Exploration Insights September 2020 | Page 8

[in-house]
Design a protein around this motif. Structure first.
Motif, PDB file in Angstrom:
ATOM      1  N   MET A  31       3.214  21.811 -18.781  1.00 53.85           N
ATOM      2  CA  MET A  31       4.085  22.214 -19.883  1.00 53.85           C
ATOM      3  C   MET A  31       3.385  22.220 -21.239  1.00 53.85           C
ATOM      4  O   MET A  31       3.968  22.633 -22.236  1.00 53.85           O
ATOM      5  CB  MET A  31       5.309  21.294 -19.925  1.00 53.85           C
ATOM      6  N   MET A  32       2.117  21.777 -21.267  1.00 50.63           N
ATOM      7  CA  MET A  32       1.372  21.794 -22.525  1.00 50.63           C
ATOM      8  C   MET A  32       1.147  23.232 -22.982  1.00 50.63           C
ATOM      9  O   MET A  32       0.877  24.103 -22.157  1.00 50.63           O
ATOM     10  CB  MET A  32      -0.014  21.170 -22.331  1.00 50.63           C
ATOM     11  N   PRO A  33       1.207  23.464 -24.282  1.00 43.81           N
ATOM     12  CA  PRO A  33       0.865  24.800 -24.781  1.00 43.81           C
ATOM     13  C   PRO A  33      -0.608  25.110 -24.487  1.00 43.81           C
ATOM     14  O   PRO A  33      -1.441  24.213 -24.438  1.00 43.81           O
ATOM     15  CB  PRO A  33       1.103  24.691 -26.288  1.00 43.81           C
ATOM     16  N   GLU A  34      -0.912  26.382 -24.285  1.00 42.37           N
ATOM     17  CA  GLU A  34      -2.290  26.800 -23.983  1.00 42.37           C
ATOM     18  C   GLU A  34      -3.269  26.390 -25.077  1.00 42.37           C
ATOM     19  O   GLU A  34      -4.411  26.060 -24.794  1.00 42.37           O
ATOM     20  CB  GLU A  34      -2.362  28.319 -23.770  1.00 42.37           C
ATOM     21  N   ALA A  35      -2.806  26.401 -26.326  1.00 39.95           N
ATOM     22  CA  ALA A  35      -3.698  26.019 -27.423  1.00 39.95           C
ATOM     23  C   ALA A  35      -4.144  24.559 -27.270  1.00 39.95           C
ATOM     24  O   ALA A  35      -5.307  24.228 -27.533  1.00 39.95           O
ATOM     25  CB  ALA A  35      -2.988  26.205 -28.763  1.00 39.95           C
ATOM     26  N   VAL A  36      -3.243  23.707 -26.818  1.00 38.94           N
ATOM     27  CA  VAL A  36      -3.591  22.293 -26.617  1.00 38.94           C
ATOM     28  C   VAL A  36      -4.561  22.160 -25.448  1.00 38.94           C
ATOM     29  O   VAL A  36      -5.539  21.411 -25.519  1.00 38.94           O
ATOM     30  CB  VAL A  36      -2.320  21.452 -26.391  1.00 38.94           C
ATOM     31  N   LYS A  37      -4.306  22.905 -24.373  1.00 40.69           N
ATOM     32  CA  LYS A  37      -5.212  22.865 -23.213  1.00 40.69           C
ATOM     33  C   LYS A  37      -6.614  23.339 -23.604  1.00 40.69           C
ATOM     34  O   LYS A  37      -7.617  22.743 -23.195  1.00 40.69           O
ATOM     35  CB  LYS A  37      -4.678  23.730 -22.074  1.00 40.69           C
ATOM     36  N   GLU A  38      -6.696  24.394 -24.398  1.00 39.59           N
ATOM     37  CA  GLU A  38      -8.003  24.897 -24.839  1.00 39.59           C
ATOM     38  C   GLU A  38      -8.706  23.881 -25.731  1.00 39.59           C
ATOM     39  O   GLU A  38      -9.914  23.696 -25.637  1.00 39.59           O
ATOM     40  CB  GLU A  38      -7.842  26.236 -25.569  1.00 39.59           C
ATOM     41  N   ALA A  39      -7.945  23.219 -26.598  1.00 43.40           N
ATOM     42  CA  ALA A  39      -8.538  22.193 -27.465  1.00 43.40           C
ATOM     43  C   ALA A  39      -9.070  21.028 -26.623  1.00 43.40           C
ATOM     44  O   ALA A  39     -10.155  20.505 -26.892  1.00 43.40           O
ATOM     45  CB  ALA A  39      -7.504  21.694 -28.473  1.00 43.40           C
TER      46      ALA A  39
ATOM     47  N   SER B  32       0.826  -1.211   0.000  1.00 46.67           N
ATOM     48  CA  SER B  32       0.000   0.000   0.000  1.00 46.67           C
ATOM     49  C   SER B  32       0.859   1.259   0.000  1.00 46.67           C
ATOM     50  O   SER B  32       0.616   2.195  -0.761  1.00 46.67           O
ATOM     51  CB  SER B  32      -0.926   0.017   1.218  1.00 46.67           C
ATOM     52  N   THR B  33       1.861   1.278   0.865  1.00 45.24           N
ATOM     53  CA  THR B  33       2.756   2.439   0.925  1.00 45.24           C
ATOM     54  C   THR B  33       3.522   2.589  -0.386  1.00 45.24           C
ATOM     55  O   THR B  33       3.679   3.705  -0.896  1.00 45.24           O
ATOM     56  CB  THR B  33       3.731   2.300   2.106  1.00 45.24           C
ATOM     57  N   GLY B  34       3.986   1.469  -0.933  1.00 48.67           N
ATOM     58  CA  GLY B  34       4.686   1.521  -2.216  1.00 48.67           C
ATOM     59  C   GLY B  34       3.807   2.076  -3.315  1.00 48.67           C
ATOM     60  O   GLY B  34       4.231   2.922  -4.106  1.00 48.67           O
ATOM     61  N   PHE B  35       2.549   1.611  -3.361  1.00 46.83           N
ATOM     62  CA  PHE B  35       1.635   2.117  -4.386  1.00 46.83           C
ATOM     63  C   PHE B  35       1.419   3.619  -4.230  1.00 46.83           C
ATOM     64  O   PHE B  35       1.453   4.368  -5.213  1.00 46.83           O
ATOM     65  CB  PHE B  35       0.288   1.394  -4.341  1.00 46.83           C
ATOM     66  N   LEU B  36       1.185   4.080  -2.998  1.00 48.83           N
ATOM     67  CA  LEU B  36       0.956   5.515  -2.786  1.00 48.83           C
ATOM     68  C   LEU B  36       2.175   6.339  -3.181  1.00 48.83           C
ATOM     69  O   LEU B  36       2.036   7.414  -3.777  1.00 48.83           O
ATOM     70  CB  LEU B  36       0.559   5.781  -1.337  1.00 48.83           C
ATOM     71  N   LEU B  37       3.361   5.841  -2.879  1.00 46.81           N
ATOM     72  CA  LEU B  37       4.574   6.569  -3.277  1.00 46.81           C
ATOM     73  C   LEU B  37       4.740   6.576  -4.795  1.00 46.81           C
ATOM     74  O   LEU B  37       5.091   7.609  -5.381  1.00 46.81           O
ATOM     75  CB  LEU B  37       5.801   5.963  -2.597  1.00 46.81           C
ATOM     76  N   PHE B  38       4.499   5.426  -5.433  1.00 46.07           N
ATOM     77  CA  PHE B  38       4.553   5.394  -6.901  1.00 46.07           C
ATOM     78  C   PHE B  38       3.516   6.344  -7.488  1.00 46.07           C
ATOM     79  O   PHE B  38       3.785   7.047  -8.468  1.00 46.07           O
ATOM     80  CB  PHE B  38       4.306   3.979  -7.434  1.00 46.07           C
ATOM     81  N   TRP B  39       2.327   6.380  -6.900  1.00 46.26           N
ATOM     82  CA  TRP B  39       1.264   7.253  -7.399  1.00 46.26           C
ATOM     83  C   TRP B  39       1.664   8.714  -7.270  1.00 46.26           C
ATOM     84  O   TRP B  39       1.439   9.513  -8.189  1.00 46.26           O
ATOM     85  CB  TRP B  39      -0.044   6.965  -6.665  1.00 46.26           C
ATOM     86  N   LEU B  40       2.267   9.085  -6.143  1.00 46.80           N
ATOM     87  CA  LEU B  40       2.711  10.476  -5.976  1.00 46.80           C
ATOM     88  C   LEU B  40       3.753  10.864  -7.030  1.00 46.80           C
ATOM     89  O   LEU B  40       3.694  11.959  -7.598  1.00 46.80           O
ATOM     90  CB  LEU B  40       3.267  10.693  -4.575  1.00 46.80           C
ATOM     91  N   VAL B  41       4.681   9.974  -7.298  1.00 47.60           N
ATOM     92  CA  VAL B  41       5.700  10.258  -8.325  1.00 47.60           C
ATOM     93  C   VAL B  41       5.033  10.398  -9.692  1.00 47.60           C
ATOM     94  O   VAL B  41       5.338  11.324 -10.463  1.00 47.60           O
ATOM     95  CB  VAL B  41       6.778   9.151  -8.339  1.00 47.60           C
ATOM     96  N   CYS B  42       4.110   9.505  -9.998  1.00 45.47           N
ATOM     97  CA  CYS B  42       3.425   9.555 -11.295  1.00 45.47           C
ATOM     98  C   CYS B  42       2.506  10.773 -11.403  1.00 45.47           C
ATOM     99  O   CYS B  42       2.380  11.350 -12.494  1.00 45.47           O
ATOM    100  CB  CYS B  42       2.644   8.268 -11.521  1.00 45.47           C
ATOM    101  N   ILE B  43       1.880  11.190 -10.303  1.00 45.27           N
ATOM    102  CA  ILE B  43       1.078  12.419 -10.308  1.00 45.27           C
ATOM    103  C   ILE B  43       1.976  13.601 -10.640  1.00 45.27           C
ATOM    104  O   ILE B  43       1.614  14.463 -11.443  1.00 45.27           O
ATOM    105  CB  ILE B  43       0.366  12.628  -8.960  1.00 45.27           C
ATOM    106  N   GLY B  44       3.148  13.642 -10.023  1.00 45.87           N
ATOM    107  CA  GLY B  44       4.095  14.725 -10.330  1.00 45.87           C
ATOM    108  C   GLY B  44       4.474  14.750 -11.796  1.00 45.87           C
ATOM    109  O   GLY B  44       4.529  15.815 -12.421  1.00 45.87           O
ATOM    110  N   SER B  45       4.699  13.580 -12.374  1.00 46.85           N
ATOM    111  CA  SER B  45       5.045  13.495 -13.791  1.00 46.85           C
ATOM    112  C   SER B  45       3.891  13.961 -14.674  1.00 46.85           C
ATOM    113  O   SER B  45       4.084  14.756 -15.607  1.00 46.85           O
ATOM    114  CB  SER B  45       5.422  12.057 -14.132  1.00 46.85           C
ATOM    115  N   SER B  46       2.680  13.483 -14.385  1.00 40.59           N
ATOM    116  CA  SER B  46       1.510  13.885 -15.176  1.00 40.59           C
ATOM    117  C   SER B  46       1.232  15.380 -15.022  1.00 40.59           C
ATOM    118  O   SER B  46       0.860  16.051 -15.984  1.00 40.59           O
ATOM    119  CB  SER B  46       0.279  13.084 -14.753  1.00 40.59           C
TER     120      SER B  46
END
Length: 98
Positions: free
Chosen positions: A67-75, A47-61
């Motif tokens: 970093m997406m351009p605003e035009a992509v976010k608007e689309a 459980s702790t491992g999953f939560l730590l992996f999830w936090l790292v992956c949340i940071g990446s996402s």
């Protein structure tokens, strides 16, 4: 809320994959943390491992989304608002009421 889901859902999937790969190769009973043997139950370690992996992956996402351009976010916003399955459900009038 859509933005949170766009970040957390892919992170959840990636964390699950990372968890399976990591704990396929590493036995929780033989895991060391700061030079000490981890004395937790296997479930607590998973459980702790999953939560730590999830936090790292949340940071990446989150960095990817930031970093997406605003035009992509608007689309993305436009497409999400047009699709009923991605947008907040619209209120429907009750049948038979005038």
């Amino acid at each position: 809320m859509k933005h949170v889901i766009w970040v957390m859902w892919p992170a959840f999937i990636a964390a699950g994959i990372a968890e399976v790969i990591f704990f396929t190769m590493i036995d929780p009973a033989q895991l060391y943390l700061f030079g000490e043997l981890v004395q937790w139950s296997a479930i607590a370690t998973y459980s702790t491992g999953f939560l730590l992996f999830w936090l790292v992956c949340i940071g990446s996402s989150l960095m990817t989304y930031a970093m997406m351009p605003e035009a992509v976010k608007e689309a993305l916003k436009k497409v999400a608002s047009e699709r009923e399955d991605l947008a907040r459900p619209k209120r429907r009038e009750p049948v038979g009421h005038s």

8 | Halliburton Landmark Petroleum System Elements Petroleum System Processes Good Reservoir Poor Trap 0.63 0.38 Good Source 0.67 Good Preservation 0.61 Good Seal 0.63 Poor Migration 0.33 Good Elements 0.64 Fair Process 0.46 Fair Index 0.54 © 2020 Halliburton Figure 4> Chart revealing the qualities of a late Carboniferous, coal-charged petroleum system in the East Irish Sea Basin. Note the occurrence of good-quality petroleum system elements, but some poor-quality petroleum system processes. USES AND IMPACTS OF THE SCHEMA The schema defined above is a holistic way of appreciating the qualities of petroleum systems and their potential to retain hydrocarbons. Our approach provides a systematic evaluation of the factors that lead to the development of more efficient petroleum systems. As the scoring is not reliant on an assessment of the volume of proven hydrocarbons, it provides a method to compare the qualities of proven and frontier systems. An understanding of the quality of petroleum systems can be used to compare different petroleum systems within and between basins. Our schema is semi-quantitative and applied consistently, so the index can also be used to identify analogue petroleum systems. This can be achieved either by utilizing the holistic index score for the basin, or by selecting the qualities of individual petroleum system elements or processes. In the following sections, a number of use cases are discussed with respect to this schema, that are illustrated with images for upcoming updates to the PlayFinder dashboard. Highlighting High-Risk Petroleum Systems The schema can reveal quickly why some proven petroleum systems are less prolific than others. The Carboniferous petroleum systems of the East Irish Sea comprise good-quality, organic‐rich coals that form a proven source rock, which has the potential to charge good-quality, late Carboniferous paralic sandstones, or Permian to Triassic terrestrial successions. All of the petroleum system elements seem to have the appropriate qualities for the development of a good petroleum system; this translates into a favorable index score in these categories (Figure 4). However, the timing of hydrocarbon charge, relative to the development of traps, as well as several episodes of uplift, have reduced the ability of the petroleum system to preserve hydrocarbons. Therefore, the index scores for the processes associated with this petroleum system are less favorable. This in turn affects the overall score of this petroleum system. In this